|This is a regulator for a 6V/3W bicycle hub generator system. The purpose is to manage the powering of bicycle lights from the hub generator and from rechargeable batteries, to charge the batteries using excess power from the generator, and to provide intelligent charging of the batteries from an AC adapter, when needed.|
|For a blown up view of the schematic click here.|
The switch has three positions: charge-off-light. In the
position, the bicycle dynamo charges five AA NiMH batteries if
those are drained. If the batteries are reasonably
full, then the circuit draws virtually no power.
In the light position,
if the dynamo's average voltage is below some threshold
value, then the
bicycle lamps are fed by the batteries
aided by the rectified
If the dynamo voltage is high, the lamps are fed
directly by AC from the dynamo and the dynamo excess power
is used to recharge batteries. The direct use of AC maximizes
efficiency. Additional circuitry is
provided for an intelligent charging of the batteries from an
outlet using a 12V AC or DC adapter. Practice shows that that
additional circuitry may be redundant.
A flickering green LED indicates the activity of the dynamo in
the charge mode and the fact that the light is fed by AC in the
A red LED indicates the fast charge state when the charging is
done from an outlet.
I have not invented any universal way of mounting the regulator
on the bike. In my situation, the most convenient placement
was on the outside of the front wire basket. Presumably, my
next choice would be a front rack or the fork.
The bike is Trek 730. My dynamo is a Schmidt, the older model that is not user serviceable. The front lamp is Bisy and the rear is DToplight (without a built-in standlight). Bisy is an excellent lamp. In my tests I found it two notches above Lumotec Halogen, with one notch separating Lumotec and Sigma. The philosophy which I follow is to have wiring that is serviceable by hands.
The regulator and a hub dynamo make a formidable combination.
My previous spoke dynamo and electric regulator combination was
good but not as outstanding as this one. The light delivery is
uninterrupted. When the bike slows down, the light just dims
a little before switching to the batteries. I often find
myself checking the green LED in order to figure out what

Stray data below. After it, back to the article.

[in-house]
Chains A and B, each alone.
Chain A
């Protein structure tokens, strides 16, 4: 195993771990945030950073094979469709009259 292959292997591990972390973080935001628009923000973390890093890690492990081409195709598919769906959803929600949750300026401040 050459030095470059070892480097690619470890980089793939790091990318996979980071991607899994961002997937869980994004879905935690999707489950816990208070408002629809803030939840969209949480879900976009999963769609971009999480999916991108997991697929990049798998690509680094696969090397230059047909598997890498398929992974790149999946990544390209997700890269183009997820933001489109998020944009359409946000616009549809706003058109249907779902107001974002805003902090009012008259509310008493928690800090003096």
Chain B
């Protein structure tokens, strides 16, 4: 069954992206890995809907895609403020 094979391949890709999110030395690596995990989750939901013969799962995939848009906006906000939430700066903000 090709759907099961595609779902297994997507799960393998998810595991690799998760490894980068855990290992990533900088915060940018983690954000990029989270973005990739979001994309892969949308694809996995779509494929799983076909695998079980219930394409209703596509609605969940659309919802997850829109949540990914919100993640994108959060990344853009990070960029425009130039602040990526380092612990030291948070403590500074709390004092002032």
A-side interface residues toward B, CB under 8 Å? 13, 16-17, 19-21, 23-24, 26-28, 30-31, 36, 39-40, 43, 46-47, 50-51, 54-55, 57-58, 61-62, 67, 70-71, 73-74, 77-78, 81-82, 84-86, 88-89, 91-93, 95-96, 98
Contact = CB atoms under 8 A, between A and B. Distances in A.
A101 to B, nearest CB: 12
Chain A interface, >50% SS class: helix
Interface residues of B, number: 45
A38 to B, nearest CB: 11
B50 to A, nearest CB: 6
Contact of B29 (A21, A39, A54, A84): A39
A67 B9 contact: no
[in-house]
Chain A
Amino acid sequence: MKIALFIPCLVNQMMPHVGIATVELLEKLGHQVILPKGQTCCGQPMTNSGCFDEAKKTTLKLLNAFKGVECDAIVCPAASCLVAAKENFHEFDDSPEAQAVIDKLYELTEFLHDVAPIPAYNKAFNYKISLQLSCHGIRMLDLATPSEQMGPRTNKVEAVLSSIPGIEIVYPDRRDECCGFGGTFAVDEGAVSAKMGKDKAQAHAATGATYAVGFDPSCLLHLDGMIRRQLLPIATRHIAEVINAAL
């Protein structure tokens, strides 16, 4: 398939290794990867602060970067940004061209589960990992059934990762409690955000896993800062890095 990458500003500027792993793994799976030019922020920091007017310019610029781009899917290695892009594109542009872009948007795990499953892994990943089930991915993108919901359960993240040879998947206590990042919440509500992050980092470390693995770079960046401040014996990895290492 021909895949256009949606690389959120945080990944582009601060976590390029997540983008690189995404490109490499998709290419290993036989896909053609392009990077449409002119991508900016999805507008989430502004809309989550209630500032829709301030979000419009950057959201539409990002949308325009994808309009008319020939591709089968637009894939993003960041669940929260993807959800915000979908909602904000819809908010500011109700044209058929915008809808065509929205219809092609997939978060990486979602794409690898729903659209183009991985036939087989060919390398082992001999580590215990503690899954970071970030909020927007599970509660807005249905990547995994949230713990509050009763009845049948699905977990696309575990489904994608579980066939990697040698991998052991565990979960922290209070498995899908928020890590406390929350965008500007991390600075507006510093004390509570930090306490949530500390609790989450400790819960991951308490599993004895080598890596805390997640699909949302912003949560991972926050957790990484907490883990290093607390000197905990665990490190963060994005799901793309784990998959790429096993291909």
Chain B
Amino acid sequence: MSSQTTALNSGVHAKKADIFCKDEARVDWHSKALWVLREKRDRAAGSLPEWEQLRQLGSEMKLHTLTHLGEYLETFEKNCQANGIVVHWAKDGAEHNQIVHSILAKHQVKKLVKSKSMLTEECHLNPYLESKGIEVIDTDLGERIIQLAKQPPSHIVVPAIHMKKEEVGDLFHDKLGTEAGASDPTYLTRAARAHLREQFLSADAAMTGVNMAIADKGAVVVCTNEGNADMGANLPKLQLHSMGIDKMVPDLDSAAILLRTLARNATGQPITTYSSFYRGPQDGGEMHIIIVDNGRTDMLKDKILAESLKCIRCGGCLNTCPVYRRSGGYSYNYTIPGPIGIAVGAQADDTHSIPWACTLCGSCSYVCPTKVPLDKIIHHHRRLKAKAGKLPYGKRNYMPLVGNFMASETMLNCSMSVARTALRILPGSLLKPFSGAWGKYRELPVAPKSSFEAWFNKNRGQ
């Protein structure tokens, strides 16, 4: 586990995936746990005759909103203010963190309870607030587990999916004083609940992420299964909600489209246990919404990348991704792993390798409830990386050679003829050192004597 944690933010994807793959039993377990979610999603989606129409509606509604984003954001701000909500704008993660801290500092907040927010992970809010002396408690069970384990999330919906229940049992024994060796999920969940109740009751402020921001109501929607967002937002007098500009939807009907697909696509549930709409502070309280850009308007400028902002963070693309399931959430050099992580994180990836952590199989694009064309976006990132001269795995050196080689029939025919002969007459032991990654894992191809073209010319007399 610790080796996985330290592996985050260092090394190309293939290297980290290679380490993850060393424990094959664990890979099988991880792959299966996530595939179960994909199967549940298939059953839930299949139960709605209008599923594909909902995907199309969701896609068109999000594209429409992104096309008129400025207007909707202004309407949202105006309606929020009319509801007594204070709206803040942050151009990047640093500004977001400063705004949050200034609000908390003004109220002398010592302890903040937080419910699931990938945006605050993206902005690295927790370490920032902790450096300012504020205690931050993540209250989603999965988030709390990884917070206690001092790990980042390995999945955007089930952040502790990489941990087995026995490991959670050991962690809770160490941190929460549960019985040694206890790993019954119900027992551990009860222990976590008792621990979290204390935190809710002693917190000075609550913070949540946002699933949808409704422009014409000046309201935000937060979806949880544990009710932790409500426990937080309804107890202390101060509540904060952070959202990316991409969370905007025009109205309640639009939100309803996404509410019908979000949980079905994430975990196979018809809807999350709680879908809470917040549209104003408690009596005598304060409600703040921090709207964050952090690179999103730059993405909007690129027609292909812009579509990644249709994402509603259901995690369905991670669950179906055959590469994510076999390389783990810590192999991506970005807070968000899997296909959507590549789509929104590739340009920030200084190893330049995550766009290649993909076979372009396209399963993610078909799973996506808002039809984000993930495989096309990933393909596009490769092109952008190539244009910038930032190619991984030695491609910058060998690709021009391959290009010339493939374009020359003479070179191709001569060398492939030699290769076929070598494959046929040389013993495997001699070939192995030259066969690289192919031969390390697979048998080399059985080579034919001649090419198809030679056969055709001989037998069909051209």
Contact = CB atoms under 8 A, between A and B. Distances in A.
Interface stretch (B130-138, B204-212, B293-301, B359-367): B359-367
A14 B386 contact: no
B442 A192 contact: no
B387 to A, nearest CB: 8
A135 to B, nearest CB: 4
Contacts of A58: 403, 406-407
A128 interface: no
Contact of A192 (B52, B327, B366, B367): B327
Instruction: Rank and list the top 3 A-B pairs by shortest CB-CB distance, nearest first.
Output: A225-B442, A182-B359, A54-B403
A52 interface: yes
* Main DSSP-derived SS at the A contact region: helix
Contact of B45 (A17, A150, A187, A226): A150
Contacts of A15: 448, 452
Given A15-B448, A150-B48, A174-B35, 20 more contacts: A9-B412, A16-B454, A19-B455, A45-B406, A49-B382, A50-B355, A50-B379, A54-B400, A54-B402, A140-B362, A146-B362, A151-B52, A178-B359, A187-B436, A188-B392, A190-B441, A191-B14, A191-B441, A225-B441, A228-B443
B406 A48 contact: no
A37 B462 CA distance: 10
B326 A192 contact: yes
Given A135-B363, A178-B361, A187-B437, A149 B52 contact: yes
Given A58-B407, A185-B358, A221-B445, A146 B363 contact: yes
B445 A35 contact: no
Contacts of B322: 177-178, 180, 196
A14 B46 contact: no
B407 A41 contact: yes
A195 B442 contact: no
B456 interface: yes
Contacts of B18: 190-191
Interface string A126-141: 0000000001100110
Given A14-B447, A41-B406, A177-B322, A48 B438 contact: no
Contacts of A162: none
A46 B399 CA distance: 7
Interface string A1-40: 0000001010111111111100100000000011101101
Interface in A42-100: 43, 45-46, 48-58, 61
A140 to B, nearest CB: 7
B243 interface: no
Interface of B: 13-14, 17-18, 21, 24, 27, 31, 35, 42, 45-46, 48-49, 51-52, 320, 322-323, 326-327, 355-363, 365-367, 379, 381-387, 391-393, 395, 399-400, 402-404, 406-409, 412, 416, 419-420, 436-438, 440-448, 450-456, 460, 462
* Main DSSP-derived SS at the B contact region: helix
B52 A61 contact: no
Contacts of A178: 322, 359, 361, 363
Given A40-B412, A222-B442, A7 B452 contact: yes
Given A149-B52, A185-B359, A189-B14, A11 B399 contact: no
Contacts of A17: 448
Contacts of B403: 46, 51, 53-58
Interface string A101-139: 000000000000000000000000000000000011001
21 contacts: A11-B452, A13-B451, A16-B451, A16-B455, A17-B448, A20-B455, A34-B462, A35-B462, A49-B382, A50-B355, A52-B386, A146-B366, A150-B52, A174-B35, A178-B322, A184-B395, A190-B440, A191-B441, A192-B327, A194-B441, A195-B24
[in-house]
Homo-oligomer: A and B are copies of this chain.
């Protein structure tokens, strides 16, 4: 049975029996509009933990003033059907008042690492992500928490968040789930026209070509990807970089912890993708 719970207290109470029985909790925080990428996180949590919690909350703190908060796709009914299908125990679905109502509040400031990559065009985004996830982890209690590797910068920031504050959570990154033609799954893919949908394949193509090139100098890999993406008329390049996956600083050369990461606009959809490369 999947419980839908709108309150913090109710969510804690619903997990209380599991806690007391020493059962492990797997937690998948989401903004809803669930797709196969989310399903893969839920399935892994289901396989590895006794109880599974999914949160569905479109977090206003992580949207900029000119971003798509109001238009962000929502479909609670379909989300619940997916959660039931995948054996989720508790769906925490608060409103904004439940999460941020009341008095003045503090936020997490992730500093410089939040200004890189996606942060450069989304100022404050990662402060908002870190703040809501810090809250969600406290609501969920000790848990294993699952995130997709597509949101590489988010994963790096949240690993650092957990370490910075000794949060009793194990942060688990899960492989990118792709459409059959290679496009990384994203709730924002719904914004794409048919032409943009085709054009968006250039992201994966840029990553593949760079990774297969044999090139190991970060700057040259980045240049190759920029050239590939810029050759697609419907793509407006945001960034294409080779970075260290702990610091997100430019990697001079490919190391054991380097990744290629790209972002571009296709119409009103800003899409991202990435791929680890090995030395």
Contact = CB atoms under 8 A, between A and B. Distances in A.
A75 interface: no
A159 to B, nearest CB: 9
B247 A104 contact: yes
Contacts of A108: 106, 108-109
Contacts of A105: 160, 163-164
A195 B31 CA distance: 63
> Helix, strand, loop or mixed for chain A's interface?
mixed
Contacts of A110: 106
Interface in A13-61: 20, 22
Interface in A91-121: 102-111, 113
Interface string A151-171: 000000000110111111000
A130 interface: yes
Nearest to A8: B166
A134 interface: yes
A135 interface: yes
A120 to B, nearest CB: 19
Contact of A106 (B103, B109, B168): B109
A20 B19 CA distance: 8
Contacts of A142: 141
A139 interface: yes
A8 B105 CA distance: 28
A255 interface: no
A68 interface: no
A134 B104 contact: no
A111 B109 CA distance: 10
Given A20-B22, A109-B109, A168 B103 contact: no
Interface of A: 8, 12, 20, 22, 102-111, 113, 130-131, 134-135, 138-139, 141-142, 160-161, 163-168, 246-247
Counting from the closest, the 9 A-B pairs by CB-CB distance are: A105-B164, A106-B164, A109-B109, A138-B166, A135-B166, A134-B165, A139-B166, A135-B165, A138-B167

the main power source at a given moment is. Usually it is the
dynamo that powers the light but, aside from of course slowing
down to stop, the batteries often take over when riding uphill,
in heavy snow,
or in a heavy wind with rain.
Following the initial phase, after I removed the circuit protection, I had no problems of any kind with water. Many times already the bike stood for a full day in the rain and the circuit operated normally afterwards. Moreover, hosing the bike does not affect the circuit operation. The setup was mounted on the bike in May '00 and worked formidably throughout the serious winter.
So far I had no real need to charge the batteries from the wall. (I did that on a couple of occasions just making sure that everything works.) Riding in the daylight one way of my commute seemingly suffices to keep the batteries full. The neutral position of the switch practically got no use either.
After the above circuit, I designed a new one without a relay. In that circuit, the managing of power delivered to the lights from the dynamo and battery is done seamlessly using semiconductors, as is the delivery of power to the battery. At the same time, large electric currents encounter no single n-p semiconductor junction on their way, that would lead to losses. Zener diodes for limiting the power from the dynamo at high speeds are eliminated. A PCB version of that circuit just got over bench testing and now will get tested on a bike.
|Being a complete amateur in the circuit design, without a clue what an operational amplifier was at the start or let alone a MOSFET, I benefitted a lot from designs made public by other people and in particular by Willie Hunt, Joe Gorin, and Steve Bush. The two last designs and several more were posted on the Net by Alex Wetmore who does much service to the cycling community by maintaining several lists at his site. I gained much information from the bikecurrent list (presently at Topica). Frequently asked questions for the bikecurrent list are maintained, in the true sense of the word, by William Burrow. Most direct help I received from Steve Kurt who faxed me his own schematic for a regulator and generously gave various type of advice. For my Bisy lamp I am grateful to Andreas Oehler.|
Copyright © 1998-2006 by Pawel Danielewicz. Permission is given for a non-profit, non-commercial use acknowledging the source.